As the mercury plummets to zero, national grid blackout plans are pushed to the limit UK | news

The cold weather, dubbed the ‘troll from Trondheim’, will test Britain’s energy supply as homes turn up the heat. Following Putin’s invasion of Ukraine in February, energy supplies to the UK and mainland Europe have been cut, putting existing supply lines to the test.

According to industry experts, the cold weather already prevailing at the beginning of the week shows that the national grid is under pressure.

Meteorologists are predicting a cold plume from the Arctic to hit the UK this week, bringing temperatures as low as -8C.

Rystad Energy analyst Fabian Roningen told The Telegraph: “Both this week and next week will give a good indication of how secure UK supply is, and we already had a taste of that on Monday and Tuesday last week.”

Ronningen said the increase in hourly energy prices as temperatures dropped across the country “is a sign of a power system under extreme stress and close to the limit.”

More homes turning on the heat for longer will put a strain on the national grid, which avoided introducing its blackout program last month.

Households up and down the nation have been warned of possible blackouts this winter as the Met Office issues an amber “severe weather” warning for freezing temperatures and the country struggles with energy demand.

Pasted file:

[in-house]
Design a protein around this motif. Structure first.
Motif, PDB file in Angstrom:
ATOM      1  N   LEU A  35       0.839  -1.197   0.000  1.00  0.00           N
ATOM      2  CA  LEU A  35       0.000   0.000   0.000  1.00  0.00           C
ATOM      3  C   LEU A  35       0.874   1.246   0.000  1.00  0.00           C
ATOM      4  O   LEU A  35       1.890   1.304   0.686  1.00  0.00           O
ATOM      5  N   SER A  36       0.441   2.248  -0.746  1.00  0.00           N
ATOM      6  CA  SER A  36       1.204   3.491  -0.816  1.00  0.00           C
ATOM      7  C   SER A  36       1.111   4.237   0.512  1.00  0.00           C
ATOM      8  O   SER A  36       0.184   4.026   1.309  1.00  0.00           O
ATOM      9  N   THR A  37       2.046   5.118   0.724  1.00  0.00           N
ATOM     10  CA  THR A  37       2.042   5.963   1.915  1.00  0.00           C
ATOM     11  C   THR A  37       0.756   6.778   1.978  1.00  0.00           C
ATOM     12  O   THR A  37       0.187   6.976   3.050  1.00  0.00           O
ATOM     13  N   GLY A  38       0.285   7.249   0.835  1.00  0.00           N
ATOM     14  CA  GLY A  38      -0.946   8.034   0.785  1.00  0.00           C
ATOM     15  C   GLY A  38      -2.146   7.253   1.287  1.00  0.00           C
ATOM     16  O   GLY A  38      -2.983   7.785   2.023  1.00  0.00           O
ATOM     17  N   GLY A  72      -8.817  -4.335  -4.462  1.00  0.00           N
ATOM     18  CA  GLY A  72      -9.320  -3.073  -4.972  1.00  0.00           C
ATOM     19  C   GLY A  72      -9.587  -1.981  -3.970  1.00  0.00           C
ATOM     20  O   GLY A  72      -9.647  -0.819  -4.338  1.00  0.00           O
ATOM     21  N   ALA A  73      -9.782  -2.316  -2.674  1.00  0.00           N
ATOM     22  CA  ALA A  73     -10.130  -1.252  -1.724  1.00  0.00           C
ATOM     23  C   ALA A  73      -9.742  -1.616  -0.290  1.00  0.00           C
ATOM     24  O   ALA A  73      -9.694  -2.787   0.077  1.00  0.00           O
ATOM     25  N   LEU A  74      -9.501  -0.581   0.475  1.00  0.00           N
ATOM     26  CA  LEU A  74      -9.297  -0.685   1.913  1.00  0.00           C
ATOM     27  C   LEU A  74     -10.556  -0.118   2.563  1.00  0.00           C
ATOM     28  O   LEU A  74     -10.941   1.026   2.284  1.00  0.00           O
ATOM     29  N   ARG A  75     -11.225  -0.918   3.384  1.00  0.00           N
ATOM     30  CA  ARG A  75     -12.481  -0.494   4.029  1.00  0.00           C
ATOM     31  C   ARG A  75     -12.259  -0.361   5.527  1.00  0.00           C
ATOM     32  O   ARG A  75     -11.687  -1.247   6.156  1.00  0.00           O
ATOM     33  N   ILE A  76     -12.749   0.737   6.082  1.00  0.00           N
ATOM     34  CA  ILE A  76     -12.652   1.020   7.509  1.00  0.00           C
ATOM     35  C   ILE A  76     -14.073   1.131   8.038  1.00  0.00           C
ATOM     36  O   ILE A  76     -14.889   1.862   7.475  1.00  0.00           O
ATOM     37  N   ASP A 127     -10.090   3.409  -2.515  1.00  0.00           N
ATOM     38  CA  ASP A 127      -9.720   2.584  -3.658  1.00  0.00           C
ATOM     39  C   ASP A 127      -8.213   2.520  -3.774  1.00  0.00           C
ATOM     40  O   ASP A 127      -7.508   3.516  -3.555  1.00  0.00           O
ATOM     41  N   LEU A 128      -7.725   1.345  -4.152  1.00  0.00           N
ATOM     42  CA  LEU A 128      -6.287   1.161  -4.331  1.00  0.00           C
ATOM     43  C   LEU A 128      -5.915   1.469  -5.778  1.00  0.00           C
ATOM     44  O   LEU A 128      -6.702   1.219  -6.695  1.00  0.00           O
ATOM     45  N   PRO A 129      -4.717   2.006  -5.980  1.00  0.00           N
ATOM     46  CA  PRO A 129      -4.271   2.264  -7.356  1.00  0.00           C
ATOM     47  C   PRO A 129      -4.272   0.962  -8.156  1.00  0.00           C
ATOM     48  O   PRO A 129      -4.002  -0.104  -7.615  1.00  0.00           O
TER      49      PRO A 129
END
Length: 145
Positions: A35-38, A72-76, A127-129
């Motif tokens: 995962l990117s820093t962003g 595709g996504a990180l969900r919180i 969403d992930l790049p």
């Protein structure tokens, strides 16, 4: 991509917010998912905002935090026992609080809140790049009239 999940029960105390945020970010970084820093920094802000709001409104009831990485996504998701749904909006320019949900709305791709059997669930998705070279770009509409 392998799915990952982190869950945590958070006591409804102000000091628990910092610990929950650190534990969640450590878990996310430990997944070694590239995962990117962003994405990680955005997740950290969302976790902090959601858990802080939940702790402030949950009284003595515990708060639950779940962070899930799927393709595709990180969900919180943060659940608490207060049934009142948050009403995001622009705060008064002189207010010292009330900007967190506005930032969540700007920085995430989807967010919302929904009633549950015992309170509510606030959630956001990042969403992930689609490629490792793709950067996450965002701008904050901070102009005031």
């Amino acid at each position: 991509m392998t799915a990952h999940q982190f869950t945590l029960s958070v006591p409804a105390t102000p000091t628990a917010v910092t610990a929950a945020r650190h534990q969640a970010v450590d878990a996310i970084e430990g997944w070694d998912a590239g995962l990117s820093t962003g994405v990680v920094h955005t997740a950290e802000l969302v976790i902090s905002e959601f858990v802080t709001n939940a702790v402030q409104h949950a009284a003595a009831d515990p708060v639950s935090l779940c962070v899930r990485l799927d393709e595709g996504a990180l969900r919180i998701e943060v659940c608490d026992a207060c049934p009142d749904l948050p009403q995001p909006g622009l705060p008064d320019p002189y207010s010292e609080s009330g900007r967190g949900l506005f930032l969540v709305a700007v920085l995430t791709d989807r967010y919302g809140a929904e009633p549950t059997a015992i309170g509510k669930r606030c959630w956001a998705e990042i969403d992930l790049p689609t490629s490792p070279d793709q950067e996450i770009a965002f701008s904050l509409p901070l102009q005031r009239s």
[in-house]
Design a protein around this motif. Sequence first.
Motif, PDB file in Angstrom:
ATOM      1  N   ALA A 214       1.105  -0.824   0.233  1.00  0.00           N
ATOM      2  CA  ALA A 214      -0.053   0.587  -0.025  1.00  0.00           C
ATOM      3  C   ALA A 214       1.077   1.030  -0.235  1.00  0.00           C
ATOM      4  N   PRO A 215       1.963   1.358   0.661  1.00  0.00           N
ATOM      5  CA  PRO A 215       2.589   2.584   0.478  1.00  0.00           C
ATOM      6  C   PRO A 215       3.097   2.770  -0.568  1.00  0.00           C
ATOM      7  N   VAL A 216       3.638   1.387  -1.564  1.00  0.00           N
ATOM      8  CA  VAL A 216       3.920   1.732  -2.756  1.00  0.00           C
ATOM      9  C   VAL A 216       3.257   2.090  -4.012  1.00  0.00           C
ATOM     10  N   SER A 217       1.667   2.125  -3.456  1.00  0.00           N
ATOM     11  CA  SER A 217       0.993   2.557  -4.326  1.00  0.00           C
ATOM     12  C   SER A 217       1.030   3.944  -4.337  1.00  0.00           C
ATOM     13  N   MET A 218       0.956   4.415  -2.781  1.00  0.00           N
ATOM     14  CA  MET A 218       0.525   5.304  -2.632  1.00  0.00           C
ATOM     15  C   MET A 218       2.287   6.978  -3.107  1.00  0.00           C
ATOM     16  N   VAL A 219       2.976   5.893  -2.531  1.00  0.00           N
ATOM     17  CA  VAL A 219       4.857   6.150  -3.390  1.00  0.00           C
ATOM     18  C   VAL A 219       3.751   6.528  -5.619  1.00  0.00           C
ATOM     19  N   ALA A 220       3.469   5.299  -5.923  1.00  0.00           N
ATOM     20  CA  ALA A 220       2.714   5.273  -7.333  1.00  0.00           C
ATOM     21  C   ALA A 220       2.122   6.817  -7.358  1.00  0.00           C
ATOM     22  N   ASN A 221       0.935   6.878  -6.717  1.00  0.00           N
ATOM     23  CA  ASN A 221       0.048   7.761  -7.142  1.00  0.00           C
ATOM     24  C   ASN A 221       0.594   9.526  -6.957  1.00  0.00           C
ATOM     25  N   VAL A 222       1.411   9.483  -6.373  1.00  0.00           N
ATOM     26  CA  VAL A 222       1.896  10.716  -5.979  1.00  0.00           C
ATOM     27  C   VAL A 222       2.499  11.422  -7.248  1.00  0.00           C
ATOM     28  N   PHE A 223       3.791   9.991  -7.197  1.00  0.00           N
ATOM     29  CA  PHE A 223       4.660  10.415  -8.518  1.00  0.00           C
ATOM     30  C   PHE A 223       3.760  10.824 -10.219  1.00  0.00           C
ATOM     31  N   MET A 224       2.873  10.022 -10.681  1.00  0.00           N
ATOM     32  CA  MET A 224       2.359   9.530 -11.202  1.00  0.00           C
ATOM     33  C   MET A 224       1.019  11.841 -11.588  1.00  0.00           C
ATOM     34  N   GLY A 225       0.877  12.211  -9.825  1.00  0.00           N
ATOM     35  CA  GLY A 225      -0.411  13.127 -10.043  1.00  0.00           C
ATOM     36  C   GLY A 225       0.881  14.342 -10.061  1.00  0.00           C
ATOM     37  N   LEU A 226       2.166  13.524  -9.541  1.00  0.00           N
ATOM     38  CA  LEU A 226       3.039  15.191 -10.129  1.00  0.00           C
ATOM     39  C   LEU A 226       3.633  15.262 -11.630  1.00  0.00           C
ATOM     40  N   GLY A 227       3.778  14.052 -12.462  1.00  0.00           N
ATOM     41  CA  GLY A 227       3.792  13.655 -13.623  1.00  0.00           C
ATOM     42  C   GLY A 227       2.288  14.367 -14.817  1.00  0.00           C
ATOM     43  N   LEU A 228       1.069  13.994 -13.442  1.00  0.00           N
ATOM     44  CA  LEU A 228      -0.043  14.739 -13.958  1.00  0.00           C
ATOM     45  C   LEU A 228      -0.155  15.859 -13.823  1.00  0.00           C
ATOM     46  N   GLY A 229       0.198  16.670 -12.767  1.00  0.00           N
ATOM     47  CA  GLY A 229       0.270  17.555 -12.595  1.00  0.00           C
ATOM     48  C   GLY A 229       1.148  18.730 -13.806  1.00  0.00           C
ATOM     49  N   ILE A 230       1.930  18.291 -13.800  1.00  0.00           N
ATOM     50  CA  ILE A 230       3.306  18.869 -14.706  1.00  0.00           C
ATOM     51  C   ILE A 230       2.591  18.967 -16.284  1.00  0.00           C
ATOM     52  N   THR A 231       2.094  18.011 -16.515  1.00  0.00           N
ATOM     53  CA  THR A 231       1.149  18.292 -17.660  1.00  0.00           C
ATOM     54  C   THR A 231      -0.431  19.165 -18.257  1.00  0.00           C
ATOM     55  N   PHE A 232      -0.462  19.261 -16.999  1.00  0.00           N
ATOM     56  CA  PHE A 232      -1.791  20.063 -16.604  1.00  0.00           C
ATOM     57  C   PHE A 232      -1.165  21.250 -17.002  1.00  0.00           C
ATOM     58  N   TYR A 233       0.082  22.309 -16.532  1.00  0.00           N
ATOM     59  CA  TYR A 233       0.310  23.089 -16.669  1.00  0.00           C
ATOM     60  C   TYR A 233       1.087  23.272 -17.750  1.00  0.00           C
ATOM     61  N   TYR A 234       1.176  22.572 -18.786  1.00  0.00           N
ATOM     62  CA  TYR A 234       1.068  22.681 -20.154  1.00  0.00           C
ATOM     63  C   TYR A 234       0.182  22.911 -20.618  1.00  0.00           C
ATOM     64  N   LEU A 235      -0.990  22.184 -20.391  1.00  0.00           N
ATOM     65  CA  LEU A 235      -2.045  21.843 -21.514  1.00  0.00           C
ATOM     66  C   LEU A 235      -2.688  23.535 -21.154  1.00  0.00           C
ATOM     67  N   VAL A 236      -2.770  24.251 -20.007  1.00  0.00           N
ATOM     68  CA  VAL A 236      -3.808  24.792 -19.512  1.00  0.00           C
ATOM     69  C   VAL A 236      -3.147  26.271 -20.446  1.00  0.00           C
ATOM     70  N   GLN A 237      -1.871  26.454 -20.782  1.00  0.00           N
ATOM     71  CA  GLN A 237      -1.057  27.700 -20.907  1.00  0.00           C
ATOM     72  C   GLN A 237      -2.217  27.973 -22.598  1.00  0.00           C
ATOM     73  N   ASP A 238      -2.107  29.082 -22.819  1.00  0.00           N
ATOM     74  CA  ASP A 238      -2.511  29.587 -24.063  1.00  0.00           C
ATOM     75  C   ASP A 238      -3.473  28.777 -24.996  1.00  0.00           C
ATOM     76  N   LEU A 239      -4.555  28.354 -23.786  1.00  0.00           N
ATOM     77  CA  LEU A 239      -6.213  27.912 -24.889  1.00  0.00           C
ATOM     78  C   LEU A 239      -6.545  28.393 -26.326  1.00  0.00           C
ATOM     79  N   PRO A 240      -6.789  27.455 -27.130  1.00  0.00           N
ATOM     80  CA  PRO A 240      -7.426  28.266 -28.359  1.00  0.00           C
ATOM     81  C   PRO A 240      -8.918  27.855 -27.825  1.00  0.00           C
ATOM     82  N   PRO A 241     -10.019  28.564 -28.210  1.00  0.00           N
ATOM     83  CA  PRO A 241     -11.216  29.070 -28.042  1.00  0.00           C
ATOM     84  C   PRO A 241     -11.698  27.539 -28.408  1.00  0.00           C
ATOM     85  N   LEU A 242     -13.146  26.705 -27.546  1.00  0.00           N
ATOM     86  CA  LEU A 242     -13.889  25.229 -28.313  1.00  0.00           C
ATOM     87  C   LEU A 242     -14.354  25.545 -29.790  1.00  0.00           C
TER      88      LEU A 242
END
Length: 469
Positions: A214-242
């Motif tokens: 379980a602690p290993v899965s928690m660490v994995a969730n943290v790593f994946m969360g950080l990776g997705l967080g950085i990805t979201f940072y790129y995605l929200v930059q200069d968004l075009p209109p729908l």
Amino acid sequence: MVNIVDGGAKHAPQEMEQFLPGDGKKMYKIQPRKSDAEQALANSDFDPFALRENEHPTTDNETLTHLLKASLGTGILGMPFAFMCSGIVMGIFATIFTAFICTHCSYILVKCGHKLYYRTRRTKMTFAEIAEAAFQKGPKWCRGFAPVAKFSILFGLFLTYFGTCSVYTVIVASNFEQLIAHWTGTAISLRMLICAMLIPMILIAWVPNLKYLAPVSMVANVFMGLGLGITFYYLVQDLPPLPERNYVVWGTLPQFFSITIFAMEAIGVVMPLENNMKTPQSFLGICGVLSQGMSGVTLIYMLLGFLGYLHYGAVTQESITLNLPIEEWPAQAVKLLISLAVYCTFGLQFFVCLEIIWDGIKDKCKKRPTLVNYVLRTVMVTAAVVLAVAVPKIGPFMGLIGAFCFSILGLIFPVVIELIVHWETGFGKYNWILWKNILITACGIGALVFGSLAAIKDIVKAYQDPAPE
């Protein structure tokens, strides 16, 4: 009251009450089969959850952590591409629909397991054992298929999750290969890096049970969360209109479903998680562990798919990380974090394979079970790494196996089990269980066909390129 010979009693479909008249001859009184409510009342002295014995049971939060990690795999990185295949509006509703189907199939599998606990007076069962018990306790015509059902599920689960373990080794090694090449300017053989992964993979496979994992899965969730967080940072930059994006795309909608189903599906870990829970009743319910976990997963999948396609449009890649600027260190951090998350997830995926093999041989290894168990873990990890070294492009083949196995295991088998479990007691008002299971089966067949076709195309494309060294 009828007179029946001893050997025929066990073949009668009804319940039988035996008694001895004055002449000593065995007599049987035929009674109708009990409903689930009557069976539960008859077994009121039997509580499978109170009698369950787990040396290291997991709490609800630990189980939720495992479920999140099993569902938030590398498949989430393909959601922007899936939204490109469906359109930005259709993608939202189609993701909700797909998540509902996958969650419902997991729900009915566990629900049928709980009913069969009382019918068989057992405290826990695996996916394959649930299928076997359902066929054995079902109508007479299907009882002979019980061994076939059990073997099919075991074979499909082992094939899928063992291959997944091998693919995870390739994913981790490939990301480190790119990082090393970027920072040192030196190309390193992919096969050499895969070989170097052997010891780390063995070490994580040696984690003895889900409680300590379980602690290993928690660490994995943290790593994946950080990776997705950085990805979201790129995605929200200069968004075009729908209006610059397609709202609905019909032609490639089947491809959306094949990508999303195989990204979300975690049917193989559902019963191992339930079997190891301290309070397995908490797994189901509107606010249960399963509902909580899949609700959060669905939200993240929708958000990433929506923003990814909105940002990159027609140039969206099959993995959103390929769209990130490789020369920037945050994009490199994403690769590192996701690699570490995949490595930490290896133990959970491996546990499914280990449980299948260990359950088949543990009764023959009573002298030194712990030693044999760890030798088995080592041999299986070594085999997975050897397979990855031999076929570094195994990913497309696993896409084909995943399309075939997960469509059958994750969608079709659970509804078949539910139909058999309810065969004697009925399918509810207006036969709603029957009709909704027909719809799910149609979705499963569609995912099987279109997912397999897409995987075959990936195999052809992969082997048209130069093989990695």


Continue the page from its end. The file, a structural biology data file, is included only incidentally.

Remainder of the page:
National Grid boss John Pettigrew warned that blackouts could occur “on those deep dark evenings in January and February”.

Rolling blackouts will see different parts of the country experience temporary blackouts at different times of the day to limit the risk of overload and control demand.

According to National Grid, the “base case” is that the UK avoids blackouts, but concerns creep in if electricity imports are reduced with adequate gas supplies.

read more: Energy meter horror as 500,000 homes pushed to ‘expensive’ option

Nuclear capacity has now gone above 60 percent, and five more reactors are due to come online later in the week.

The UK relies on French imports to meet energy needs during the evening peak.

Jess Ralston, an analyst at the Energy and Climate Intelligence Unit, said: “We import nuclear power because they have it. We’ll start to see if that affects us this coming winter, especially in January/February.

“So far it hasn’t — we’ve been able to give them the power.”

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